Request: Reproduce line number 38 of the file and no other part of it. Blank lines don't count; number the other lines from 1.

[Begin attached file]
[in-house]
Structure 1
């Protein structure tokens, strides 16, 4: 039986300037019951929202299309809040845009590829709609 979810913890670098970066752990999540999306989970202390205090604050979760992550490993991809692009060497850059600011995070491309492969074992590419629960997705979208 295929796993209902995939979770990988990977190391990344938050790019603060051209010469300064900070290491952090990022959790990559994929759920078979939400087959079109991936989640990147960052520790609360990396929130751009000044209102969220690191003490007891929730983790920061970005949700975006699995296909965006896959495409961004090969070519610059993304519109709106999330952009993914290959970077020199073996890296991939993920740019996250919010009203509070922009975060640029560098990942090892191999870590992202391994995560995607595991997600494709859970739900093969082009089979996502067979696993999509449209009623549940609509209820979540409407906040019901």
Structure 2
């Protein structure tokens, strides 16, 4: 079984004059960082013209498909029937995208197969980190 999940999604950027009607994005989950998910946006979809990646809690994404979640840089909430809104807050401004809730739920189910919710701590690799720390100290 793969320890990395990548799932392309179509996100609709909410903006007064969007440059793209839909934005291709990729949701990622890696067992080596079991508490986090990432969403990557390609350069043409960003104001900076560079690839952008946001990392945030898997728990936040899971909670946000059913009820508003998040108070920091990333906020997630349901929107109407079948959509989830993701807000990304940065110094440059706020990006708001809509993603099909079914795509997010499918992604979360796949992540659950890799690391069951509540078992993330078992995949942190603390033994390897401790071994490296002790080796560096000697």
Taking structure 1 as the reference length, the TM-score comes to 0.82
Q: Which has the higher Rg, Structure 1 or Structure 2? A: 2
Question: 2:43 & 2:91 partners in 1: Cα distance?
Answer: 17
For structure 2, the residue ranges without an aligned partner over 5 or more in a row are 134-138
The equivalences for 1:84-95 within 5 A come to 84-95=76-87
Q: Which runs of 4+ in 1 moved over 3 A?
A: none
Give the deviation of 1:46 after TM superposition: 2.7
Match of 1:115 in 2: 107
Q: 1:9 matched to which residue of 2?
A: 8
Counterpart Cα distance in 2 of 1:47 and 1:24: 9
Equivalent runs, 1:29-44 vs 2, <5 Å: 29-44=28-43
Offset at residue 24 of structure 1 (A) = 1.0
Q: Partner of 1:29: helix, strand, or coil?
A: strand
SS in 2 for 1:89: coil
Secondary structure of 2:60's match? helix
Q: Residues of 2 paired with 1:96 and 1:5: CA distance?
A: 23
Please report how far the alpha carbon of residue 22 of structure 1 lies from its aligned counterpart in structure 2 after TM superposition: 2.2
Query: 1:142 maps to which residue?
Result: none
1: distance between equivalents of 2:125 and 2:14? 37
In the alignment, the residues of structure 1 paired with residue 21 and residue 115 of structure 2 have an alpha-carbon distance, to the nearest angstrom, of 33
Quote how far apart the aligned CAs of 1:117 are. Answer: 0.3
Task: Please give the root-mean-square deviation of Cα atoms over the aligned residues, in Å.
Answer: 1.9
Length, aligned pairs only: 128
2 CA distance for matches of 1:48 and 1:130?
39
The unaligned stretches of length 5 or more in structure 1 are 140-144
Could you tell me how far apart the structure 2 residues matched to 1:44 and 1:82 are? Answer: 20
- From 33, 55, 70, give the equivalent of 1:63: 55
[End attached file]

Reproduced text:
The unaligned stretches of length 5 or more in structure 1 are 140-144